Later on when opening on the Mac the word count for the entire document was a few thousand less but every time I tried quitting and reopening the word count diminished by thousands of words each time. This was verified by simply seeing the overall number of words shown at the bottom of the Scrivener interface when the main draft file was selected that includes the entire project. I could also see there were a lot less words though simply by scrolling through the project because big chunks of previous writing had simply vanished.
My feeling at the time was that mixing a Scrivener project across different operating platforms had somehow corrupted the project file. At the time I could see the Windows version of Scrivener was some way behind in terms of functionality and just felt I was safer sticking with the Mac version.
When opening the backup file from the Windows version to examine the contents I noticed the structure appeared very different from what I was seeing on the Mac, which made me think the cross platform idea was more susceptible to problems and I certainly wouldn’t anticipate this kind of problem if working across two Macs. Perhaps this has improved now.
As a test later today I’ll try creating a fresh project and dumping a few thousand words of pasted text inside to see if they play nicely across the two platforms. Then if that is OK I’ll make sure the book project is securely backed up on the Mac and give it a go. The idea of being able to move outside the office is appealing but obviously I don’t want to put two years of work at risk.
I’ve just created a test project using Scrivener on the Windows laptop and pasted in around 10,000 words before typing a few more. The file was saved to Dropbox and opened on the Mac. Changes were made and the same process repeated back and forth a few times with no apparent loss of text. The only strange part is that the word count on the Windows laptop is consistently about ten less than on the Mac but it looks the same from what I can see.
This is just a very simple document though with no sub folders or pages. I have backed up my main book project to the desktop and I’ll try now with that.
I tried to open the book project located on Dropbox just now using the Windows laptop and nothing happens. I first tried to import the project and to open it without luck. Indeed it even says the project file ending .scriv is not a Scrivener project.
I’ve even gone to the Scriverner project file on Dropbox and right clicked to “open with”, which automatically suggests Scrivener but then nothing happens. In the file information it still shows the file was last opened about half an hour ago when I was working on the Mac.
After quitting Scrivener on the laptop I tried it on the Mac and it opened fine. Such a pity as it’s far nicer sitting in the kitchen with the doors open and the view across the garden!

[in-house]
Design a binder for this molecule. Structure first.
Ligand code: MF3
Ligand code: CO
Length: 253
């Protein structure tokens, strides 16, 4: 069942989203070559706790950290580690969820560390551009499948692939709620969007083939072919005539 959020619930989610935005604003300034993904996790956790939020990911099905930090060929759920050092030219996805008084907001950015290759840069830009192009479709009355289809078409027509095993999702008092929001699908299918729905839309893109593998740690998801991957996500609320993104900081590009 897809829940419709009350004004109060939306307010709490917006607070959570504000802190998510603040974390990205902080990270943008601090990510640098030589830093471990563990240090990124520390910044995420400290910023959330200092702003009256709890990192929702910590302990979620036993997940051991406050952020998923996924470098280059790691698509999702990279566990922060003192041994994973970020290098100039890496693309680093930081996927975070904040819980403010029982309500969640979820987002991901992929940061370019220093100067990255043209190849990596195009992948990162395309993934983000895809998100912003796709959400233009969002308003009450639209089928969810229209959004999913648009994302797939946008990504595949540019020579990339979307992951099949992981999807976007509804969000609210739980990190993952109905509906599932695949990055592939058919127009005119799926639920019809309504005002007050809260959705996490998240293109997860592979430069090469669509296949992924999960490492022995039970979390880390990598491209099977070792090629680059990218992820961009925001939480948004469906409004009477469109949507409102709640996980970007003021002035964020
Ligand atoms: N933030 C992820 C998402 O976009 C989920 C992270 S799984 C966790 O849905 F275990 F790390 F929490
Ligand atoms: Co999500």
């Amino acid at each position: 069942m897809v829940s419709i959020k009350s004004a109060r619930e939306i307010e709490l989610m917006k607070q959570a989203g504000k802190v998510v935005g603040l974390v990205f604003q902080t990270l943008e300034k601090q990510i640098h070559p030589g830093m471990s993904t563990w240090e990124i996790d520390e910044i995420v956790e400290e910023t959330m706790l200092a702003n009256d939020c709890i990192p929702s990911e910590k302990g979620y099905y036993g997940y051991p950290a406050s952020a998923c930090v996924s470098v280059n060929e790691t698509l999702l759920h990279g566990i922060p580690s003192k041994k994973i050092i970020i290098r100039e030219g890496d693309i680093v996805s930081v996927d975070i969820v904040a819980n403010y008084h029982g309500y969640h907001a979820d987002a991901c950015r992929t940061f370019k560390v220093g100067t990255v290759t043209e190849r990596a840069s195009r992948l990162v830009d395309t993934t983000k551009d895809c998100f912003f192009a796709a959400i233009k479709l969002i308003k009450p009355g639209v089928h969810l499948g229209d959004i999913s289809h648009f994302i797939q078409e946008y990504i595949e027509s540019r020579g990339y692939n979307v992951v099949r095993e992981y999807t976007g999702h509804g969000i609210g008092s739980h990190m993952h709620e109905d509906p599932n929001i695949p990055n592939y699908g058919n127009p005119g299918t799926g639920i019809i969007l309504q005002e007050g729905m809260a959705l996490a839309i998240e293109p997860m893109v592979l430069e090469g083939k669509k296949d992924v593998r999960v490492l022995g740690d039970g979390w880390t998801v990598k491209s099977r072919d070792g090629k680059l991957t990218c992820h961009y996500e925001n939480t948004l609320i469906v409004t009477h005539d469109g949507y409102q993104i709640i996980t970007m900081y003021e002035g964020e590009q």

It’s very strange that when navigating to the Scrivener project file on a Mac you just see a single file but when doing so on the Windows version if you click on the main .scrivx file it also shows the contents. To see this on a Mac you need to right click and show the package contents.
One strange thing I’ve seen in the package contents is a second .scrivx file, which has the project name followed by (iMac’s conflicted copy 2013-06-12).scrivx. I normally work on a Mac Pro but I presumably opened this on the iMac at some stage on that date. I have no idea why that is also present or indeed why there was a conflict. It’s all a big mystery and I wonder now if it would be safe to open again on the iMac.
The Mac has a special feature that can take an ordinary folder and cause it to act exactly like a file for most purposes. You probably have many more of these than you realise. Just about every program in your Applications folder is probably a folder with a bunch of stuff in it, acting like a file. You can make this happen by giving any folder an extension that has been registered with the system as being a package extension. Thus a folder called “Something.scriv” becomes a package, as well as “TextEdit.app”. Even Pages files are packages like this. It’s a nice way of cutting off detail at a practical level of usage while keeping things open and easy to repair or modify. Unfortunately no other operating system has such a feature—so when you take this “My Project.scriv” folder off of a Mac, it doesn’t change one bit, but the OS you’re looking at it with just sees a folder with a funny name.
So if that is all you mean about differences between the two structures, then you’re okay. There actually are no differences in the structures, its just that on a Mac you don’t ordinarily see them.
Given that we’re using two completely different code bases, it’s not surprising to find differences (word counting isn’t a precise science).
That’s exactly what I was talking about before, where I suspected your project got forked at least once, maybe more, by Dropbox on account of irreconcilable edit collisions made on more than one computer.
If the conflicted files are really old, then you probably don’t need them and they can be discarded, but I would read their contents anyway just to make sure. After all, wherever you see a conflicted file that means you made some change. Whether it is significant or not is only something you can determine. We have an article with tips on how to resolve conflicts (including general tips on how to avoid such problems in the future).